Reddit user u/farmerrr _ recently shared a great fan animation to the League of Legends subreddit that perfectly merges the worlds of League and popular anime One Punch Man. The animation itself is not a far cry from the content of League itself; after all, numerous of the champs possess abilities that would not be out of place in a shonen anime. In fact, champs like Yasuo-who is himself similar to a shonen protagonist-sport abilities that enable them to nearly quickly teleport to opponents’ places. Unfortunately, in League, it’s almost constantly individual.

In the case of One Punch Man, the show attempts to intentionally avoid a few of these shonen tropes and in a lot of cases end up parodying them. This is typically exhibited by the show’s lead character, Saitama, who has grown so strong that he can beat any opponent he comes across with one punch. This ability flies in the face of the bulk of shonen animes, which even the most casual of fans know usually include fancy, dragged out battles that become significantly absurd as the story reaches its conclusion. In One Punch Man, nevertheless, even conflicts that have actually been built up to for multiple episodes are almost constantly resolved in seconds.

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The Reddit post, which u/farmerrr _ mentions as being produced by YouTuber “Violent Poro,” recreates a sparring match between Saitama and his protégée, Genos. In the original clip, Genos wants to test himself versus Saitama’s strength just to find himself hopelessly beat. At the battle’s conclusion, Saitama feigns a punch at Genos only to stop at the last moment, with the wind from his fist obliterating a mountain in the background. In the fan animation, the battle is recreated with Yasuo as Genos and one of League’s more recent champions, Sett, as Saitama. The fight plays out similar method, with Baron Nashor taking the location of the mountain at the end of the animation.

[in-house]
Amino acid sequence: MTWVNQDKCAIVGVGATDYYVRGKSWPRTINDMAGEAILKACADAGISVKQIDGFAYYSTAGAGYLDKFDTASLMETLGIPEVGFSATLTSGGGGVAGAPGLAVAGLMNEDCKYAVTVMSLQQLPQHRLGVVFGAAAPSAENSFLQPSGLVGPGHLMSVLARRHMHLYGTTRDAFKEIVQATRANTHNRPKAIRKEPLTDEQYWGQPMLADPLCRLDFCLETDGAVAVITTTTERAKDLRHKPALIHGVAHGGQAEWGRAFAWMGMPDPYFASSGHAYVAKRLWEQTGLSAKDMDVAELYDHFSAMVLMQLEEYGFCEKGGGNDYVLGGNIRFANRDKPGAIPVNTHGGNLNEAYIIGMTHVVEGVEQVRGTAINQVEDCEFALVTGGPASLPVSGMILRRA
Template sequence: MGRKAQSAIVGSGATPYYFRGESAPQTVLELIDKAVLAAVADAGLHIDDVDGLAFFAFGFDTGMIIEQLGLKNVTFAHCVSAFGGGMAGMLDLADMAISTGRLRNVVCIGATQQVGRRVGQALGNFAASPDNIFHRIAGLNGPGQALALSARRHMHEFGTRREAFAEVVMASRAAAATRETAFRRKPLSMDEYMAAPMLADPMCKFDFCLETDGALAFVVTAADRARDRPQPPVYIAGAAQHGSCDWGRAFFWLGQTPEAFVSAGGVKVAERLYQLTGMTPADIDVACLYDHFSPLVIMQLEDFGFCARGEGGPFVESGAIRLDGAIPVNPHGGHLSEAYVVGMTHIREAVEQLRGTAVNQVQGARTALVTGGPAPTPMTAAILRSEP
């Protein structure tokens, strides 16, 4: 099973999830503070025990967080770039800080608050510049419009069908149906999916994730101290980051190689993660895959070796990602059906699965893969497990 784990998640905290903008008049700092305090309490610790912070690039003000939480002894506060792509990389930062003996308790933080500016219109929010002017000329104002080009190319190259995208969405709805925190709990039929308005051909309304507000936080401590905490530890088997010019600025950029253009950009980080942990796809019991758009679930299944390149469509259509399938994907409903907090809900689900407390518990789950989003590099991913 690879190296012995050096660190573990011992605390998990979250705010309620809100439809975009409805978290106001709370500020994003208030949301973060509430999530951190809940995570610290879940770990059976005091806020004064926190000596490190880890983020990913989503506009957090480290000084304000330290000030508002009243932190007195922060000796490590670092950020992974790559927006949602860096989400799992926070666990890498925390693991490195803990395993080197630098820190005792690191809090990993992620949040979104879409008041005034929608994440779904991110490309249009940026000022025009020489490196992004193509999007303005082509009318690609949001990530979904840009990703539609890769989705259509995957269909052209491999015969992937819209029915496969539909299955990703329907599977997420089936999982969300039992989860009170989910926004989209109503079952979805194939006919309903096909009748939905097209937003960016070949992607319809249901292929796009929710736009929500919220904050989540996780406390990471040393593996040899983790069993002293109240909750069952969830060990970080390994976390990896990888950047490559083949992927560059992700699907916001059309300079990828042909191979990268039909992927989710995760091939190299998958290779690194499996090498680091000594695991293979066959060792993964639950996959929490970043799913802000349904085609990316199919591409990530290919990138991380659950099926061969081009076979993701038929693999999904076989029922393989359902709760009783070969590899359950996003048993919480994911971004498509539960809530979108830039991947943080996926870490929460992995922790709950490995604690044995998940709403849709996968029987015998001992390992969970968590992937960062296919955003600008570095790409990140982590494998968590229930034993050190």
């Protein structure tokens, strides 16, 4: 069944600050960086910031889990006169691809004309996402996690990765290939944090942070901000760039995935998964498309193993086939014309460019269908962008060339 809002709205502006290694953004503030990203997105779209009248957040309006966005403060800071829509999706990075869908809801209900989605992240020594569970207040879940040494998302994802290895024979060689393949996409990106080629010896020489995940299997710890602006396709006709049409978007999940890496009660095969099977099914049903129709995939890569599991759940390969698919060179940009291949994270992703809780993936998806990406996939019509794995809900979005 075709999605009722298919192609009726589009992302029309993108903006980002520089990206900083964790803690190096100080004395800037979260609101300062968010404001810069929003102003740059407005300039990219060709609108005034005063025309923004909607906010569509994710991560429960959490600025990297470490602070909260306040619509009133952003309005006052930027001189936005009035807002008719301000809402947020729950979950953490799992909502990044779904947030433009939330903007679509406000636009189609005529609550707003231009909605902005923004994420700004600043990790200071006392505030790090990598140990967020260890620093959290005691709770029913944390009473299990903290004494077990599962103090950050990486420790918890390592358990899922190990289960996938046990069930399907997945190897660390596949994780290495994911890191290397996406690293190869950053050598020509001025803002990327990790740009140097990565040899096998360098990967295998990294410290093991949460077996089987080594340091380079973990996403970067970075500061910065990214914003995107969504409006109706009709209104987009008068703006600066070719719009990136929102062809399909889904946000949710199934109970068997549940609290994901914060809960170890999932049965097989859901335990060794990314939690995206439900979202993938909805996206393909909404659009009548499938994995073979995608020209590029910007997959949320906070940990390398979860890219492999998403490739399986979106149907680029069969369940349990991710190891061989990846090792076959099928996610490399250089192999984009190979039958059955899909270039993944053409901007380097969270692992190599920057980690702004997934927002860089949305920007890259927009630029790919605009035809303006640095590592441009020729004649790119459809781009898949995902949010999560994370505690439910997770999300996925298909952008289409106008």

This animation strikes the mark on a number of levels. As pointed out previously, Yasuo is basically the character that Genos would be in a standard shonen anime. Secondly, Sett differs from lots of other League champions because he uses his fists instead of a real weapon. Third, numerous League gamers have actually stated that they consider Sett to be subdued, which makes his comparison to Saitama all the much better. Lastly, in the animation, Yasuo uses much of the same discussion as Genos; particularly, because he is ready to do whatever it takes to be the finest, however that he can not see himself ever besting Sett. This works due to the fact that Sett, while not being a tough counter to Yasuo, is an extremely beneficial pick against him due to his capability to dish out damage based on just how much he takes. Yasuo focuses on dealing damage while mitigating it for himself; Sett absorbs that damage and returns it.

Obviously, the comparison is not 1 to 1. In truth, hardcore fans of League and One Punch Guy alike will instantly point out that for Sett to be most reliable, he needs to take damage. This would never ever work for the real Saitama, as he has actually never taken noticeable damage in the anime and has only done so as soon as in the manga. Additionally, a character with Saitama’s power would break any competitive game he remained in, which is why he is a joke pick in One Punch Man: A Hero Nobody Understands. However, the animation clearly isn’t suggested to be thought about this deeply; it is ultimately a humorous and brief video that fans of either League of Legends or One Punch Man owe it to themselves to have a look at.

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Source: farmerrr _, Violent Poro

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Johann Hamilton is a Screen Tirade freelance contributor based in New york city City. When he isn’t combing the web for the most current developments in geek culture, he can typically be discovered scouring the PlayStation Store for the best offers or enjoying some old-fashioned Super Nintendo. He is also a happy Penn State graduate and is currently pursuing his Master’s degree in Professional Writing at New York University. Johann’s preferred video gaming categories are RPGs, hack n’ slashes, and (excessively challenging) platformers.

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